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Extension Entomology

Sugarcane aphid

This year, the warm weather has led to an early development of SCA on volunteer sorghum stubble along the Gulf Coast, something noted in a blog on Feb. 26. Alates (winged aphids) produced by these populations may have arrived in Kansas over the past week, as evidenced by infestation of sorghum in the greenhouse at the experiment station in Hays. Winged aphids can travel hundreds of miles in a matter of days when conditions are right, even though it is basically a suicide mission at this time of year. Based on the infestation patterns we had over the past two years, I have been advising early planting as the cheapest insurance policy – now I am not so sure. I have also been saying how lucky we were that the aphid arrived in Kansas so late in the season in both 2014 and 2015.  I should clarify here that it is not unusual for aphids to colonize our greenhouse in cold winter months, even though there is clearly no chance of them colonizing anything in the field.  It has been commented that we rear aphids here and that we could have been careless and caused the infestation.  I agree this cannot be ruled out entirely, but we have have been rearing SCA continuously for the last 2.5 years without any such occurrence.  In late January, when weather was much colder, we had Rhopalosiphum padi begin infesting both sorghum and millet  – and this aphid was not being reared on the station.  In fact, there has probably not been a single year over the past ten when we have NOT had spontaneous infestations of some aphid in the dead of winter; these have included green bug, Russian wheat aphid and Sitobion avenue, although R. padi is by far the most common.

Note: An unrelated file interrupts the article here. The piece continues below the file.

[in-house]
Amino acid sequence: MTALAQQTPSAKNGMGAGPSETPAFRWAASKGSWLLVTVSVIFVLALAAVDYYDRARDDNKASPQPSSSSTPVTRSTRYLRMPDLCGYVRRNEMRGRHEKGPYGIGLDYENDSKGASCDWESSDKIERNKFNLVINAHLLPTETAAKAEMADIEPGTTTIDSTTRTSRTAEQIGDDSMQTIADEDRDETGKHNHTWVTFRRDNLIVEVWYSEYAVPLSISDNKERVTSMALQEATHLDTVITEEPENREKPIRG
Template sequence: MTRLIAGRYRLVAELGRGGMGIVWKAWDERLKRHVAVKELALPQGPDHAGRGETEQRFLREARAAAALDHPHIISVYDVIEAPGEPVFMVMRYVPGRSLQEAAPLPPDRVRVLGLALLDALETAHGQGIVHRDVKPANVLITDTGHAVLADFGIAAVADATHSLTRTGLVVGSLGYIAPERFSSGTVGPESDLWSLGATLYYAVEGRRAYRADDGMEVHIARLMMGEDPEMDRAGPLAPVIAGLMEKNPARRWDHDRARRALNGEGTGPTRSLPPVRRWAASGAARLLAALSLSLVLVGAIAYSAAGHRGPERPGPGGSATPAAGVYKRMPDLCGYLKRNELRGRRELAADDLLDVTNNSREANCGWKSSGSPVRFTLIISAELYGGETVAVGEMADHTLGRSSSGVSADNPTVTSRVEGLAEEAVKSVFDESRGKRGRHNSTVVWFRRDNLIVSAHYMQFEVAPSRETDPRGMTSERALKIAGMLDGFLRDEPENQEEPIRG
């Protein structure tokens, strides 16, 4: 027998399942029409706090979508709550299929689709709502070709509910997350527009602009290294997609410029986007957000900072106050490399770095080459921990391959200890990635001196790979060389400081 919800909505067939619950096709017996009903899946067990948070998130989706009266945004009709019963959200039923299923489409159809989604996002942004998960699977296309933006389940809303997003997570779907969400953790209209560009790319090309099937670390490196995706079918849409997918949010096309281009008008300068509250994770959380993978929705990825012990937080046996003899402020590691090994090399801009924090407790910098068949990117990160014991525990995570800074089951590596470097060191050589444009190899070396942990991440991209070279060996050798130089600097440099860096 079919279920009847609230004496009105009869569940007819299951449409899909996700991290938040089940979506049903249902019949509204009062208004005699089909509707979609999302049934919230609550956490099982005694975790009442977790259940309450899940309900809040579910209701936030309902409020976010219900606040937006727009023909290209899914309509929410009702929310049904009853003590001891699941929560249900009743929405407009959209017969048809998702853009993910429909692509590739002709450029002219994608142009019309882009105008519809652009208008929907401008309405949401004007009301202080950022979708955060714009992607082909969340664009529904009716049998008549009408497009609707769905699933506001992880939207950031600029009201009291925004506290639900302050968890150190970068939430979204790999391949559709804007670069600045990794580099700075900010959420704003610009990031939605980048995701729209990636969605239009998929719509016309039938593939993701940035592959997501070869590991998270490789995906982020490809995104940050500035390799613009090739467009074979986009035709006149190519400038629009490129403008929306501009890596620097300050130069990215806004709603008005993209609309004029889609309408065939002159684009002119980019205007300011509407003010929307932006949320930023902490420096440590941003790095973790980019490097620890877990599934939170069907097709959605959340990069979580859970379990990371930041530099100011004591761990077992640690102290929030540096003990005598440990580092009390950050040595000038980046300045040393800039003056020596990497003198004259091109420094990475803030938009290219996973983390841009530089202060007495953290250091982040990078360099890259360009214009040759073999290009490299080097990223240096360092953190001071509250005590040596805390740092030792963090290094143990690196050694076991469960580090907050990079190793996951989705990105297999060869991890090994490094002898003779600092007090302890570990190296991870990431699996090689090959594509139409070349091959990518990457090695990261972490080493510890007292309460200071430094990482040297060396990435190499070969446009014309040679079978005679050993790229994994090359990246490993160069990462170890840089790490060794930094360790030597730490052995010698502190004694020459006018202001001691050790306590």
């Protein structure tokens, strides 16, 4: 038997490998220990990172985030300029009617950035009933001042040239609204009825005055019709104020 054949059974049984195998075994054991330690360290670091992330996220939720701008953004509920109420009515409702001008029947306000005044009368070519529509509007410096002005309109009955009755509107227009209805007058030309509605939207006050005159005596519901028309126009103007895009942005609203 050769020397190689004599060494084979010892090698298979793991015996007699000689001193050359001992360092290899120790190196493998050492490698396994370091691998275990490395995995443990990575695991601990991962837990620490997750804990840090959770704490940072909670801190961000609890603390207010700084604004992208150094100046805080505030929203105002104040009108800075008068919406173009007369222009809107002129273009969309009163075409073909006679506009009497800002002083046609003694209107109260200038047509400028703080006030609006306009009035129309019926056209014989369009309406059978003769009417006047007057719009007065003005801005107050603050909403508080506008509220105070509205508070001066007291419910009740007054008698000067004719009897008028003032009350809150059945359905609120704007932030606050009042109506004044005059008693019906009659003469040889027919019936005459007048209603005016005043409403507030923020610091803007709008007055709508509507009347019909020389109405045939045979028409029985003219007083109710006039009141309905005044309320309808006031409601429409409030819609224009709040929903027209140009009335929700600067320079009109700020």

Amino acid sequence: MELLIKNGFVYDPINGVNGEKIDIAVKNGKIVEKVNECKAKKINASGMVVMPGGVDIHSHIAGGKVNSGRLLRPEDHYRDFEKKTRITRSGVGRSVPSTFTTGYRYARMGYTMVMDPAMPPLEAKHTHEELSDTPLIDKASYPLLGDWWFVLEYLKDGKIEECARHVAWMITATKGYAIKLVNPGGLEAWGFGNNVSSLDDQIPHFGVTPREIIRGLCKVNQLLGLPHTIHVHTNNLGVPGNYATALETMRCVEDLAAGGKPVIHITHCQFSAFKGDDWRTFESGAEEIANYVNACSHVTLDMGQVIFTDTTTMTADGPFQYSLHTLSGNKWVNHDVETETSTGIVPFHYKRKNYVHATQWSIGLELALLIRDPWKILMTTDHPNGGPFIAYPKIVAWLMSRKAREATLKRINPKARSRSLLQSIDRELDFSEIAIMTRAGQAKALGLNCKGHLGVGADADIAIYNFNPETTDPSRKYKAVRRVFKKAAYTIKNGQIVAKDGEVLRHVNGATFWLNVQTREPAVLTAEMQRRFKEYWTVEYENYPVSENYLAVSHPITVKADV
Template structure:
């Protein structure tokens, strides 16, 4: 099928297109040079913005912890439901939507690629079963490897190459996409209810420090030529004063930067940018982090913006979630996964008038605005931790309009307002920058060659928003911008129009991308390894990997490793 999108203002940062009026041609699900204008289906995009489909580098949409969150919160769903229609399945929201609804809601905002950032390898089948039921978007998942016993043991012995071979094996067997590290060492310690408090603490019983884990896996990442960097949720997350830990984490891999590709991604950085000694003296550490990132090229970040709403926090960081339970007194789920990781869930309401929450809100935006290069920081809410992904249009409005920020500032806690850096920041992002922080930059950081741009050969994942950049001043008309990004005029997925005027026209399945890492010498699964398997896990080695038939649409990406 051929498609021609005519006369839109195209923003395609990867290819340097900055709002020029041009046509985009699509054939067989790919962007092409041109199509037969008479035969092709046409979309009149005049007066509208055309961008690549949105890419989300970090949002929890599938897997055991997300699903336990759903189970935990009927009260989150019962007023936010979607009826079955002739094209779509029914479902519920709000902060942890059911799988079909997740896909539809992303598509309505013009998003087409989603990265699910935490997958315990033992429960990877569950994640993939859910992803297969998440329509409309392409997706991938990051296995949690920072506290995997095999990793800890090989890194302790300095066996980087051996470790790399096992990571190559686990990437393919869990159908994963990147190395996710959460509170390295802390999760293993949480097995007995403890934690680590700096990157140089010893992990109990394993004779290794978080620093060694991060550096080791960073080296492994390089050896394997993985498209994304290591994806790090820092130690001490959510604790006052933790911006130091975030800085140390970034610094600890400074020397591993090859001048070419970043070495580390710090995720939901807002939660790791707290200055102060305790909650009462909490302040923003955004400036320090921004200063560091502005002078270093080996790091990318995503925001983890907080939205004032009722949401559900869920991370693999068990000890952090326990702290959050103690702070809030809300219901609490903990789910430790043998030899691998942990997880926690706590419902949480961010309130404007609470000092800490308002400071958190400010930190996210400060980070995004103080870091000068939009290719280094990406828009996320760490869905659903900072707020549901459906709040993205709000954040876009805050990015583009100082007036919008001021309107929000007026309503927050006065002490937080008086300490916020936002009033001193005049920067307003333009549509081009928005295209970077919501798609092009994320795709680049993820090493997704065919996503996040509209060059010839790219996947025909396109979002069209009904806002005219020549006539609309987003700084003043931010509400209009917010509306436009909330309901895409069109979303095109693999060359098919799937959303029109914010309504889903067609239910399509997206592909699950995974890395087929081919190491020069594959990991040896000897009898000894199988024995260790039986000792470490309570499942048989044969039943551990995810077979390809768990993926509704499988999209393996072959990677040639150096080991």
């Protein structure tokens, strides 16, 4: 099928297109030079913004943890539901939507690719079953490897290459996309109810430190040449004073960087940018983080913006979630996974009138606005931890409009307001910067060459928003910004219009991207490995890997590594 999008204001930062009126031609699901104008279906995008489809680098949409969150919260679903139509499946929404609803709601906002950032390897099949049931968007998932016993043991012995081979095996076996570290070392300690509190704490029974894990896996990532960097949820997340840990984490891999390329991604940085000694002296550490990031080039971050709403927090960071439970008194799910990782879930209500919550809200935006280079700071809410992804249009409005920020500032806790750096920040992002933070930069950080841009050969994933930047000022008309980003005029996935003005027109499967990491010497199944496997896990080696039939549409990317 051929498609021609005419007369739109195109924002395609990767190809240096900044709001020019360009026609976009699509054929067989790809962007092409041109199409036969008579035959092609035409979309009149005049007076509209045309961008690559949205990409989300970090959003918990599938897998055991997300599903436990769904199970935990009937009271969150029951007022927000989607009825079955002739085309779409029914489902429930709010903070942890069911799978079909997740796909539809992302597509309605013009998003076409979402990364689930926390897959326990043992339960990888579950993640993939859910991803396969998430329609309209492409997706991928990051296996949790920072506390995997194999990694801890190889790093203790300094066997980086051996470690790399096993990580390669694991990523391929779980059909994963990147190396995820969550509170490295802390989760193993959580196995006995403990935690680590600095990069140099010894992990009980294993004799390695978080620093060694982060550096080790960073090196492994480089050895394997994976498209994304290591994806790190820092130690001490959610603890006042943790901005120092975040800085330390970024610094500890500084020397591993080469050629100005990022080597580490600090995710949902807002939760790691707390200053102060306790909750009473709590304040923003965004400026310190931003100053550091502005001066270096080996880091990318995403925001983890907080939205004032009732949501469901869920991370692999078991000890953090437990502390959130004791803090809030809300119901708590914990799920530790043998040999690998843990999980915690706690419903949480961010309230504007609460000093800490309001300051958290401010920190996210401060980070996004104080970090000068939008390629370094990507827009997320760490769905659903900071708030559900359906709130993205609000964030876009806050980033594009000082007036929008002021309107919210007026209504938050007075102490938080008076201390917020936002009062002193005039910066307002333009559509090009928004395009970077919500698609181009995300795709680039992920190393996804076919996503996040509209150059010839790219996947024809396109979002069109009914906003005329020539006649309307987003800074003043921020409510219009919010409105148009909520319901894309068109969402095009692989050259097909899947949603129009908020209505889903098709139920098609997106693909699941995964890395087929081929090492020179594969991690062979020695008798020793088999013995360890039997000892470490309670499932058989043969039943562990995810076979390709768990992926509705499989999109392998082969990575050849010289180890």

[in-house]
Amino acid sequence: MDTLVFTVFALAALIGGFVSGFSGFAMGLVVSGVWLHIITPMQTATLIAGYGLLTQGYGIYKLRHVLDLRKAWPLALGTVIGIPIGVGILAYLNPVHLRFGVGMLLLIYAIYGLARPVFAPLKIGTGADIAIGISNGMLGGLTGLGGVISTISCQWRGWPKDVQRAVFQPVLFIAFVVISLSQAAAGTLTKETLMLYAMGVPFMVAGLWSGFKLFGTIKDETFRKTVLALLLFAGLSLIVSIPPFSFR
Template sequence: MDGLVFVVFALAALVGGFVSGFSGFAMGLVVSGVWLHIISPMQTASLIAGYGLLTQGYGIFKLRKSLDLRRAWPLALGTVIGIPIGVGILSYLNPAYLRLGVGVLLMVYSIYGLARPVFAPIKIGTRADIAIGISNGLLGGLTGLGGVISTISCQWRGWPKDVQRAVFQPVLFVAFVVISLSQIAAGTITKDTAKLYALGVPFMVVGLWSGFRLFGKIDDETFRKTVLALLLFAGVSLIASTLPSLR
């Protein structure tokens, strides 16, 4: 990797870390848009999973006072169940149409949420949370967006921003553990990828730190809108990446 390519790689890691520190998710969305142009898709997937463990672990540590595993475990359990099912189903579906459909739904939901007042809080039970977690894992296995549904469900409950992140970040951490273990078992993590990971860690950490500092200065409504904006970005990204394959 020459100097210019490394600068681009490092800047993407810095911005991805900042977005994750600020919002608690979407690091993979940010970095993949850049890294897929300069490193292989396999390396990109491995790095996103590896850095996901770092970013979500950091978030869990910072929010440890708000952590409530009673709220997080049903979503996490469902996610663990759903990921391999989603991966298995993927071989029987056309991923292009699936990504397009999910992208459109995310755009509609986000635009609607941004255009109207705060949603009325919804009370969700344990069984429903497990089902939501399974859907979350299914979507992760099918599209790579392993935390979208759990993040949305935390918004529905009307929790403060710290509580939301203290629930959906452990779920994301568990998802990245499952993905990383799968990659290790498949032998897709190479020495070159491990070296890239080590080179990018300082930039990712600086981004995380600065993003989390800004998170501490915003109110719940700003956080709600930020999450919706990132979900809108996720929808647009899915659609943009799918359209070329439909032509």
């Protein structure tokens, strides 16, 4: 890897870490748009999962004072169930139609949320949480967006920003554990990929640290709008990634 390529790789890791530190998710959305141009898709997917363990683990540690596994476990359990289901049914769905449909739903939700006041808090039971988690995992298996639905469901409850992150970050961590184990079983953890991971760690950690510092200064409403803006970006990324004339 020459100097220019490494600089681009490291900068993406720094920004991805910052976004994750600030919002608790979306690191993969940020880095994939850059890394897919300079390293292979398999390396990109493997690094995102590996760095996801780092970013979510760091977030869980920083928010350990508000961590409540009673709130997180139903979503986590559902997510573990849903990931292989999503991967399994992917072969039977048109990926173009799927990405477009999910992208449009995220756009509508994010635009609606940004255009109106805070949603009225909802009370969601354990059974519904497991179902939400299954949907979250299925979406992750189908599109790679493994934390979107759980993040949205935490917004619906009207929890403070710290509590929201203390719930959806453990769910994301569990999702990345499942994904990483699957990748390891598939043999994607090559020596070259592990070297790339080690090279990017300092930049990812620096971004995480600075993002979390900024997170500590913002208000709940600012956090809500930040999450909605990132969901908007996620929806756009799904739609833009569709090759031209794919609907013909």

What does this mean for the Kansas sorghum crop this year? It is hard to say, but two very different scenarios are conceivable. In the best case, these early populations will be brought under control by natural enemies either before they can spread to this year’s sorghum crop in south Texas, or soon thereafter by judicial insecticide treatments. Most of the southern crop will probably be planted with a seed treatment, so this may serve as a critical barrier to further population expansion, for a few weeks anyway. But there is also the risk of more aphids coming from Mexico, which is not unlikely given that management of SCA has generally been very poor south of the border. However, if management of SCA is effective in south Texas and this early outbreak either crashes naturally or is well controlled, it could mean that the inevitable resurgence of aphids actually occurs later in the season than it otherwise would have without the early outbreak, resulting in a Kansas situation not unlike the past 2 years where infestations develop late enough to have a reduced impact. This is our best hope.